Micro-Trabeculae, Macro-Plaques or Mini-Basement Membranes in Human Term Fetal Membranes?

Colin Ockleford, Nicholas Bright, Andrew Hubbard, Christopher D'Lacey, James Smith, Lisa Gardiner, Tanya Sheikh, Melissa Albentosa, Kate Turtle

Abstract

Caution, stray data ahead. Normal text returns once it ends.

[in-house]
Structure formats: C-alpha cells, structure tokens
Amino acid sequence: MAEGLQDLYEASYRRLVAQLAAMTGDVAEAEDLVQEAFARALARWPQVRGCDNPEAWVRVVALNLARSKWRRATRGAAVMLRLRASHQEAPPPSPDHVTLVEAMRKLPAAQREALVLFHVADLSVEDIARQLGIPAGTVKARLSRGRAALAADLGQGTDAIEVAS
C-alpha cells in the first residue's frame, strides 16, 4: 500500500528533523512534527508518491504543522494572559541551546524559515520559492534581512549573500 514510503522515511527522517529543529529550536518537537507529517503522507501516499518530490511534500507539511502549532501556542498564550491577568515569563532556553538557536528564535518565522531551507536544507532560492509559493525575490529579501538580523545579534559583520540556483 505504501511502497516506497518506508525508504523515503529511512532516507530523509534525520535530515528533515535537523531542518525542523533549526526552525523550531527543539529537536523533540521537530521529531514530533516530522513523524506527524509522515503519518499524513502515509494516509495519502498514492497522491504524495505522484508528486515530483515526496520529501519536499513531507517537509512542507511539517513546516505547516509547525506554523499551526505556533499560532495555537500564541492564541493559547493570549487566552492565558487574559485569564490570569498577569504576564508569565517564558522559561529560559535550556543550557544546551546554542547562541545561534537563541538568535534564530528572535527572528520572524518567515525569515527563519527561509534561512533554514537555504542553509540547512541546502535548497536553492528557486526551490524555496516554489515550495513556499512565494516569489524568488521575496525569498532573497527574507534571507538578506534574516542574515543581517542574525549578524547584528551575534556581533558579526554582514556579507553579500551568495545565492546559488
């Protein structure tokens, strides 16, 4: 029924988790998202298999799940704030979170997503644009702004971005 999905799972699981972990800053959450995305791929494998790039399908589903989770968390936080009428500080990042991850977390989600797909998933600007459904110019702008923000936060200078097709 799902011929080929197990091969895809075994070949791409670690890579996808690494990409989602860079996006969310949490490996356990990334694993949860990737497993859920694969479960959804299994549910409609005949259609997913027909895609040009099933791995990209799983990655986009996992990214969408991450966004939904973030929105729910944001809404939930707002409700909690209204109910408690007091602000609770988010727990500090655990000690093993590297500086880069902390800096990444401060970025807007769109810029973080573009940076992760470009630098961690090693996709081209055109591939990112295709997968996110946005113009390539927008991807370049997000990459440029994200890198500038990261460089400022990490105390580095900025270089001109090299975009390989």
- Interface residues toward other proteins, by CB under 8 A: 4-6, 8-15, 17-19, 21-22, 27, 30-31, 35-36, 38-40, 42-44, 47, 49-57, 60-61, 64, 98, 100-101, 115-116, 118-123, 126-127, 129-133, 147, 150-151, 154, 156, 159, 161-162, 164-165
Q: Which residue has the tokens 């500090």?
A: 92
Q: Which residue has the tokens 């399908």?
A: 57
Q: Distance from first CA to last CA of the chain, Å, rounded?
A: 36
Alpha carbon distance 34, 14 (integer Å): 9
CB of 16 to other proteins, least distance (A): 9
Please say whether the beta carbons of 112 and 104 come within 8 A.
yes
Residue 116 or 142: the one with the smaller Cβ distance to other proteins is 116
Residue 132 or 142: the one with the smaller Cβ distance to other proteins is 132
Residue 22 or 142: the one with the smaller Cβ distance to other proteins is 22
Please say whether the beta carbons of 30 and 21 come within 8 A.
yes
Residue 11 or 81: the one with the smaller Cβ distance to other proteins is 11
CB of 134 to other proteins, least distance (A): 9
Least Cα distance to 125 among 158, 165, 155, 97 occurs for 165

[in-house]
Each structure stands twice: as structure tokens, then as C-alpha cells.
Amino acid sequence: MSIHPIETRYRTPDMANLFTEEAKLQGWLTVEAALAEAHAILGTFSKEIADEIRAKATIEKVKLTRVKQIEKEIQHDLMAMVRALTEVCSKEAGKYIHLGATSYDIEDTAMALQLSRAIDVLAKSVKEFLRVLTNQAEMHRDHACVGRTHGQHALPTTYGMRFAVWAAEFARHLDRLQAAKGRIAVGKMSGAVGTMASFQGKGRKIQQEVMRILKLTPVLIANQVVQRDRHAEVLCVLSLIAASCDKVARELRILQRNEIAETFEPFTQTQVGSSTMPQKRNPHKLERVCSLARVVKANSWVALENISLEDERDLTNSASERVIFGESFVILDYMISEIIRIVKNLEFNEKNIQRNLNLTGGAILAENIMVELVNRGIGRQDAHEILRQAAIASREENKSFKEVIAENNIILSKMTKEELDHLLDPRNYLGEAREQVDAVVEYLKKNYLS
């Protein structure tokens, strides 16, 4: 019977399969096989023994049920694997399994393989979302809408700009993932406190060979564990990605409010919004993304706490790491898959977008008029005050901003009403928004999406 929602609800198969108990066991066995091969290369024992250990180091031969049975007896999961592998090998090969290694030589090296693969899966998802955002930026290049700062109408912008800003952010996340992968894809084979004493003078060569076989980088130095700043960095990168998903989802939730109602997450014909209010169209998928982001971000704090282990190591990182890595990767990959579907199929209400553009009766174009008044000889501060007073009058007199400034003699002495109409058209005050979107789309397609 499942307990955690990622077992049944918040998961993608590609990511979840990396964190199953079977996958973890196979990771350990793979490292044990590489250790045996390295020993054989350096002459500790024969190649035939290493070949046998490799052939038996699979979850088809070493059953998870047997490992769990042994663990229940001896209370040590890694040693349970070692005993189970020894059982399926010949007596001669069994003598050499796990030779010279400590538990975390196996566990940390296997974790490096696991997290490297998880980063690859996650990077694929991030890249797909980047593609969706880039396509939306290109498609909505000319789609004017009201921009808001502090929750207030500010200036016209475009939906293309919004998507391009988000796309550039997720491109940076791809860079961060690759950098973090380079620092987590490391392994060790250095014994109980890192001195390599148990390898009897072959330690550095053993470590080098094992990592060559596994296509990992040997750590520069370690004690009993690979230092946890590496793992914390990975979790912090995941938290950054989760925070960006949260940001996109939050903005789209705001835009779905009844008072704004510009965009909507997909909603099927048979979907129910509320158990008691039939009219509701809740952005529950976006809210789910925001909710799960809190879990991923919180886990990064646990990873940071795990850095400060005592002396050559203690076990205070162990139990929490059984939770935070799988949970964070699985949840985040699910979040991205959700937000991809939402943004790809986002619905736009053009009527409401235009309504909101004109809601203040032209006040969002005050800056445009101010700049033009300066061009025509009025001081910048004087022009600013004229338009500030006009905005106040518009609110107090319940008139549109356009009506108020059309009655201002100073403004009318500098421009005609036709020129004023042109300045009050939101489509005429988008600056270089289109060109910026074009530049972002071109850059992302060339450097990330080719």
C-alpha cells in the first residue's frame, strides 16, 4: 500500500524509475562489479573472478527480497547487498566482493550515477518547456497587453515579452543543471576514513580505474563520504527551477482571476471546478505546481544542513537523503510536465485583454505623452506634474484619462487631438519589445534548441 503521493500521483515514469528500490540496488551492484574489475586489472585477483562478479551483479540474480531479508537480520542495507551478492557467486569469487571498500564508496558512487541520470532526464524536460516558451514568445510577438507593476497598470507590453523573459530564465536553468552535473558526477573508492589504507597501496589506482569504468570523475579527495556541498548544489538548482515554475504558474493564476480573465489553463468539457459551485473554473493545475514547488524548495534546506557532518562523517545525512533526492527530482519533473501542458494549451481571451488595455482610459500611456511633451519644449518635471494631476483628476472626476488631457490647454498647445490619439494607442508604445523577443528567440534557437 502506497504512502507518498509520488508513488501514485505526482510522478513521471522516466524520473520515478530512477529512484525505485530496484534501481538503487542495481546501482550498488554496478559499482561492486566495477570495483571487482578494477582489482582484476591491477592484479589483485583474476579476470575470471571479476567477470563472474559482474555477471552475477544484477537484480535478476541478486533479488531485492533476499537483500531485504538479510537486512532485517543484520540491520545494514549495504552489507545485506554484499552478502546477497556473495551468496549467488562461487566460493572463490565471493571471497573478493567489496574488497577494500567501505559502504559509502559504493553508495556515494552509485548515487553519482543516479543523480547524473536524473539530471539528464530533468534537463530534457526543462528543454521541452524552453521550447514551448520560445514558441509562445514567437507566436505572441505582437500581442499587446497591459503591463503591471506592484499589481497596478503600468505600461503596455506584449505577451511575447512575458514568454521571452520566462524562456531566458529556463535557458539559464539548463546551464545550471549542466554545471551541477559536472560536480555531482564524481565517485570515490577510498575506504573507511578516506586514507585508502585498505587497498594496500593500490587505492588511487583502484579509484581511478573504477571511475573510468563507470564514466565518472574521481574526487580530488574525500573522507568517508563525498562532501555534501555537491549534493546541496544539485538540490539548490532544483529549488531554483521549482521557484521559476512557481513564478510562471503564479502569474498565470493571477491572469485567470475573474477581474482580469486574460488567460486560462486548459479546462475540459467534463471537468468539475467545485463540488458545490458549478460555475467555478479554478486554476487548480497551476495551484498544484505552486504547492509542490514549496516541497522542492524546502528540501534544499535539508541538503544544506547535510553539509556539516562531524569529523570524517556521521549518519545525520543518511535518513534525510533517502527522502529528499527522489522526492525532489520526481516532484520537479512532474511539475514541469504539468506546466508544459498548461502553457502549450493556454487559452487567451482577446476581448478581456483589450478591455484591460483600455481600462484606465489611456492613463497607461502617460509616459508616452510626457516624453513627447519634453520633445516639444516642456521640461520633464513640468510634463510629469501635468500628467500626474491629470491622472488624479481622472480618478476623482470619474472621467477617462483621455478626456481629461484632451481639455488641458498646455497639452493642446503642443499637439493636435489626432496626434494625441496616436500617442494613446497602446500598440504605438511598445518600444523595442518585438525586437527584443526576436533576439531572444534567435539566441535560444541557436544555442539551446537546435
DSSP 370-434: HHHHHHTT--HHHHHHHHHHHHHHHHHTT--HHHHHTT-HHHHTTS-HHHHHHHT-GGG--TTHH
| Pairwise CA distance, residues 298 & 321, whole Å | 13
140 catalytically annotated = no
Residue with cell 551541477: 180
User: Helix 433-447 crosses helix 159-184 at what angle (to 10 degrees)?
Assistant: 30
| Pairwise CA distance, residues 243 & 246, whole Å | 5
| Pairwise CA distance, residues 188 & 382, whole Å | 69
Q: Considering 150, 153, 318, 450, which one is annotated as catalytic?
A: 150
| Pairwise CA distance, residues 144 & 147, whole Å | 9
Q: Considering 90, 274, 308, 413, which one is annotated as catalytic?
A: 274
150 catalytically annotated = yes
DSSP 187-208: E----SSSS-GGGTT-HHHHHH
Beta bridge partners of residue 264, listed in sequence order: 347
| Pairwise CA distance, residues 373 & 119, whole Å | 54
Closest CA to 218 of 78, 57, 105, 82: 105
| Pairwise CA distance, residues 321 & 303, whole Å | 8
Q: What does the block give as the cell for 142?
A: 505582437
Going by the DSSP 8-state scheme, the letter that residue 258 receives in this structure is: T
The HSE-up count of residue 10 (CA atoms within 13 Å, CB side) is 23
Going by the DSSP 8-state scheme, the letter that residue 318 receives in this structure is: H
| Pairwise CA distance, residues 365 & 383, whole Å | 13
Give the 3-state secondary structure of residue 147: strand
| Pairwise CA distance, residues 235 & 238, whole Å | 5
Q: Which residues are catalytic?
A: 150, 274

Immunocytochemical confocal laser scanning microscopy and ultrastructural analysis, including immunoelectron microscopy, reveals the distribution of structures in human term amniochorion similar in some respects to basement membranes but with unusually restricted dimensions. On the basis of their immunoreactivity, these trabecular structures, found on the fibroblast layer side of the spongy layer of human term amniochorion and adjacent reticular layer, have been shown to contain type IV collagen, laminin, and nidogen. The origin of these components may be from primitive epithelial structures which pumped fluid into the lakes that eventually coalesced to form the extraembryonic coelom separating the extraembryonic somatic mesoderm from the extraembryonic splanchnic mesoderm. Such a theory of their origin might link them with the mysterious 'cellular layer', a single-cell-thick layer of cells which is usually no longer present in fetal membranes at term. The similarity in composition but not in size of these structures to anchoring plaques for type VII collagen is possible support for the view that these structures are integrators of extracellular matrix polymeric proteins. The 'pseudobasement' membrane associated with the trophoblast layer, on investigation, appears to be typical by six criteria. 'Coiled' fibrous structures in the extracellular matrix of the spongy layer may aid adjustments under tension at this shear surface by a detachable 'Velcro' or 'two spring' fastening system. The coils are rich in fibronectin. The suggestion is made that the compact layer is a giant lamina reticularis associated with the amniotic epithelial basement membrane.